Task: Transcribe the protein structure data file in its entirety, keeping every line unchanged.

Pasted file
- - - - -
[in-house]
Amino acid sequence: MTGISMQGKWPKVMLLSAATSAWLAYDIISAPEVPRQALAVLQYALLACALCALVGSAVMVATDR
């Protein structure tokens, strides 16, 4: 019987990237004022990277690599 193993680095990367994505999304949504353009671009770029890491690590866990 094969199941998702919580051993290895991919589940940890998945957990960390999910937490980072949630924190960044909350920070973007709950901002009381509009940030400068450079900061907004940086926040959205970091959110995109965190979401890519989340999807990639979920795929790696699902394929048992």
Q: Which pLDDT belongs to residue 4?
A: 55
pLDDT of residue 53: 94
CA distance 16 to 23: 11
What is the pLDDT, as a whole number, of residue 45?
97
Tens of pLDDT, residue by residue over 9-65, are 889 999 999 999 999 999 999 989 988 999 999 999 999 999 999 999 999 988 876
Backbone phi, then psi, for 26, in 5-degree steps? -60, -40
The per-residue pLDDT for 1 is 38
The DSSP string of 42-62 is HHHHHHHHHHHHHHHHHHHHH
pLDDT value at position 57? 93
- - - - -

[in-house]
Amino acid sequence: MTGISMQGKWPKVMLLSAATSAWLAYDIISAPEVPRQALAVLQYALLACALCALVGSAVMVATDR
């Protein structure tokens, strides 16, 4: 019987990237004022990277690599 193993680095990367994505999304949504353009671009770029890491690590866990 094969199941998702919580051993290895991919589940940890998945957990960390999910937490980072949630924190960044909350920070973007709950901002009381509009940030400068450079900061907004940086926040959205970091959110995109965190979401890519989340999807990639979920795929790696699902394929048992």
Q: Which pLDDT belongs to residue 4?
A: 55
pLDDT of residue 53: 94
CA distance 16 to 23: 11
What is the pLDDT, as a whole number, of residue 45?
97
Tens of pLDDT, residue by residue over 9-65, are 889 999 999 999 999 999 999 989 988 999 999 999 999 999 999 999 999 988 876
Backbone phi, then psi, for 26, in 5-degree steps? -60, -40
The per-residue pLDDT for 1 is 38
The DSSP string of 42-62 is HHHHHHHHHHHHHHHHHHHHH
pLDDT value at position 57? 93